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Posted: 02/25/22 11:00am Link  |  Quote  |  Print  |  Notify Moderator

If you've done bearings on a boat trailer, they work the same way on a TT. Bearings come out, replace the seals, grease, install and adjust. If you look under the trailer there should be a sticker on the axle tube that identifies the make and model of the axle, chances are it's either Lippert or Dexter. The load rating of the axle generally determines brake and bearing size.

If the bearings aren't scored, pitted, or otherwise damaged, I wouldn't replace them. Use a hi quality grease and you'll be fine.

Brakes operate like typical drum brake assemblies. If the ones on the TT now aren't self-adjusting, I highly recommend replacing them with the Dexter self-adjusting assemblies. You'll be able to eyeball both the shoes and magnets and see if they worn to the point of replacing. If you decide to replace the shoes, generally you buy whole assemblies that come pre-assembled with shoes, springs and magnets. Just clip the brake wires behind the backing plate and remove the 5 bolts holding in the brake assembly and remove the whole works.

Regarding the drums, there are very few places that resurface drums anymore. With electric brakes, the magnet rides on the inside face of the drum, and the magnets will score the face just like the shoes do to the inside circumference. Turning the drums meaning turning both the show surface and the magnet surface. The few old-school shops that still turn drums wouldn't do a trailer drum because they can't turn the magnet surface. If there surface is not badly scored or grooved, just re-use the drums. If they need replacing, then just get new ones.

A good source for trailer parts is e-Trailer. last time I did brakes and bearings I got the brake assemblies, new drums, bearings and seals for under $500, and this was on a 10k GVWR TT with two 6k axles.

theoldwizard1

SE MI

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Posted: 02/25/22 11:19am Link  |  Quote  |  Print  |  Notify Moderator

Not much different from any other trailer bearings. Inspect the brakes and magnets, especially the wires. Best practice is to replace the seals.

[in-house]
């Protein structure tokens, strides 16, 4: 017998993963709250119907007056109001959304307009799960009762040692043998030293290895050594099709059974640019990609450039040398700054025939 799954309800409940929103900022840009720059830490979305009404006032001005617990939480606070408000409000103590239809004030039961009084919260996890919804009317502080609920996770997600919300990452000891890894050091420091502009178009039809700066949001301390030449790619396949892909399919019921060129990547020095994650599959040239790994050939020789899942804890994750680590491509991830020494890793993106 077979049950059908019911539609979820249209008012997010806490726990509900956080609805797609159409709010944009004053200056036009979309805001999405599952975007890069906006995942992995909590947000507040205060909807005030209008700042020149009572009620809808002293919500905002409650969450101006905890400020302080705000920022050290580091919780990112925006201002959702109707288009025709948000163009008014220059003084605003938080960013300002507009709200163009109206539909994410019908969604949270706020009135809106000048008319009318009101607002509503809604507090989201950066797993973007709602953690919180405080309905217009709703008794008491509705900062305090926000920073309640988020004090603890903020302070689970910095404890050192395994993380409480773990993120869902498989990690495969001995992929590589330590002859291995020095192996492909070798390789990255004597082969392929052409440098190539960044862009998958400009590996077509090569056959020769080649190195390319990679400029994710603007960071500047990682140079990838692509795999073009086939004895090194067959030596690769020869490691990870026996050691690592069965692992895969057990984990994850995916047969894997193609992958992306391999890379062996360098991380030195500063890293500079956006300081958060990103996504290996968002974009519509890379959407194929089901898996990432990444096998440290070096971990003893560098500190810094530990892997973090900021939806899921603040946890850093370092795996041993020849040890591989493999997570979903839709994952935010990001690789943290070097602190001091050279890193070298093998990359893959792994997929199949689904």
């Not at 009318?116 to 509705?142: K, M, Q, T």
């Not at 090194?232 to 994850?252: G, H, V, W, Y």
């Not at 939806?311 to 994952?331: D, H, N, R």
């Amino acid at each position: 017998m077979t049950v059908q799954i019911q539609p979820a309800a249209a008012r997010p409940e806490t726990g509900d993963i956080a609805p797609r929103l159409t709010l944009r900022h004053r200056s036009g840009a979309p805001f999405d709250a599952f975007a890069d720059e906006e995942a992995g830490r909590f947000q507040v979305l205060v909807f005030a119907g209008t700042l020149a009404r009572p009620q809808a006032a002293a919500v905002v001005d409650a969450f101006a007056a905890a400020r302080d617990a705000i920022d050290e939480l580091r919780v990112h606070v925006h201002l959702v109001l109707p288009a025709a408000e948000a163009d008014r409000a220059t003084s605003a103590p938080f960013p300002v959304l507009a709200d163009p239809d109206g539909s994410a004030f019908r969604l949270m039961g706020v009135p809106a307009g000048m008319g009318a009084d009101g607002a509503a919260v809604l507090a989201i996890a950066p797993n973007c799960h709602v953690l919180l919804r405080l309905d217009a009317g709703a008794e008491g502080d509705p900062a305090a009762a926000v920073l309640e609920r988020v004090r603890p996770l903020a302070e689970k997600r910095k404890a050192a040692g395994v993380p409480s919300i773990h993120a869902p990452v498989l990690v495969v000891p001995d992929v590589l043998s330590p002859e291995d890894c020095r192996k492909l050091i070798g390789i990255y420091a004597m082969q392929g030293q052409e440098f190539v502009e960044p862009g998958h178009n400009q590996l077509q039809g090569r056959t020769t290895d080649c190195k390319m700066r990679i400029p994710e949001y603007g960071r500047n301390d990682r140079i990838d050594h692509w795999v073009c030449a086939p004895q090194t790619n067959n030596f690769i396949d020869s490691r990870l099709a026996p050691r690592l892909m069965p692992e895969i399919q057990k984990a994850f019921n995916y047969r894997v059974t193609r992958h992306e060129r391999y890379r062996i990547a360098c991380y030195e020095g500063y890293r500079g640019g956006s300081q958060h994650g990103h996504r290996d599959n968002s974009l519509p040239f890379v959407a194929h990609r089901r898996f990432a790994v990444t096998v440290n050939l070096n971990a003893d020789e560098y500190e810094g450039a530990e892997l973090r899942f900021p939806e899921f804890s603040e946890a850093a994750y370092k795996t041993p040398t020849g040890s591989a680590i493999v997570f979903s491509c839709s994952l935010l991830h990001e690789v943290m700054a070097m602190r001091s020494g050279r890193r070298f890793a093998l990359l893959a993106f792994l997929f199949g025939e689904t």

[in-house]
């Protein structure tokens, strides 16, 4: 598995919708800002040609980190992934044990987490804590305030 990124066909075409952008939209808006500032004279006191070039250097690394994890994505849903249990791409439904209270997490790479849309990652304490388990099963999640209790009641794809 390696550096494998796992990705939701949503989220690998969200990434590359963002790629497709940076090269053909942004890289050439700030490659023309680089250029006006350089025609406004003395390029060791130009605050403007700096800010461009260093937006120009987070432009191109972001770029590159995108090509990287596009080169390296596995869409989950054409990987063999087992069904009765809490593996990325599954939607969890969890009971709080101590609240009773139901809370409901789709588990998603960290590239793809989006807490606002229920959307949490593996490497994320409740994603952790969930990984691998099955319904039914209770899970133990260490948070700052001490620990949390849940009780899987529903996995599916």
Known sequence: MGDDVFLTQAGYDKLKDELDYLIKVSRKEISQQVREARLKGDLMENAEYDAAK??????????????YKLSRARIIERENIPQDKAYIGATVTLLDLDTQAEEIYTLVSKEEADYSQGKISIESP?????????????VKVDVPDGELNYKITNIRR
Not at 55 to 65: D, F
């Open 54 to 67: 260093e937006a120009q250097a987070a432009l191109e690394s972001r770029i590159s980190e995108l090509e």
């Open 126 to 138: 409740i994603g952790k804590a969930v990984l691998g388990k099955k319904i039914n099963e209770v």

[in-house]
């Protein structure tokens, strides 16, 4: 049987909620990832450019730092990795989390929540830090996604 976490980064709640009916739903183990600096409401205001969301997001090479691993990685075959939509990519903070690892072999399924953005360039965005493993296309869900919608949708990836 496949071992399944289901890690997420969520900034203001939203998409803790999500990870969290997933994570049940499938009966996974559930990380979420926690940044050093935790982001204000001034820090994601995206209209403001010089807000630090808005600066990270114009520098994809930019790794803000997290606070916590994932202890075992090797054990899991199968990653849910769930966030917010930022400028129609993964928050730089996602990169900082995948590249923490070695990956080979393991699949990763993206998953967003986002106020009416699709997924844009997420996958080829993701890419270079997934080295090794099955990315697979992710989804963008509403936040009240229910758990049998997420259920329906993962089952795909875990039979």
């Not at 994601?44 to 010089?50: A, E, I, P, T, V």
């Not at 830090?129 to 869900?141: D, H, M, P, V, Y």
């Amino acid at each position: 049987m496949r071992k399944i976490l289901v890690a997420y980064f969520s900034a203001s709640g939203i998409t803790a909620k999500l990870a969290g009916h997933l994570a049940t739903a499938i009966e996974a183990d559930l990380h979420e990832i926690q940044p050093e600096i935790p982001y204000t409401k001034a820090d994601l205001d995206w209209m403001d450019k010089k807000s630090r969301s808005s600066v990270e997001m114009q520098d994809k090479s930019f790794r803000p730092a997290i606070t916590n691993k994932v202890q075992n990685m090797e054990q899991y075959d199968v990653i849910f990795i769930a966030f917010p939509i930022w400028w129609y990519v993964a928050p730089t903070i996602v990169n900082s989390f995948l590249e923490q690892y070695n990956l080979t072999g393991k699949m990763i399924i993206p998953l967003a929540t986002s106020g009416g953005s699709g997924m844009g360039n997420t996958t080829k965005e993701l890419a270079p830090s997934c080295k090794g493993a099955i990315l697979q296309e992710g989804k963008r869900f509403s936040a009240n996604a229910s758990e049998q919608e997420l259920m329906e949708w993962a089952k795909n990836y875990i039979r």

Buy a Lisle 34550 Bearing Packer. Under $30 and it worth the money!

Shoes will likely fall apart from age before wearing out.

In the "Be Prepared" area, buying a couple of spare magnets and an extra set of seals is not a bad idea.

theoldwizard1

SE MI

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Posted: 02/25/22 11:23am Link  |  Quote  |  Print  |  Notify Moderator

Baja Man wrote:


Where can I source Timken bearings and quality USA seals?

Don't bet on all Timken bearings being made in the USA !

CharlesinGA

South of Atlanta, Georgia

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Posted: 02/25/22 11:25am Link  |  Quote  |  Print  |  Notify Moderator

Here is a table of bearing part numbers. It is an image and you may need to click to expand it or open it in another tab. I created the table in MS Word and ended up converting to a JPG image to make it easy to upload to various discussion forums. This site in particular resizes the image so it is difficult to read. I used the current Dexter catalogs for the bearing and seal part numbers.

[image]

There are two columns that have SET numbers. Generally when you buy bearings from industrial bearing and drive businesses they get the races and bearings as separate items. Timken does package them in sets of bearing and race in one package, and that is what the SET numbers are.

You almost certainly have 3500 lb axles and no matter if Lippert or Dexter the bearings and seals will be the same. If the table turns out to be difficult to read the numbers you will need are.........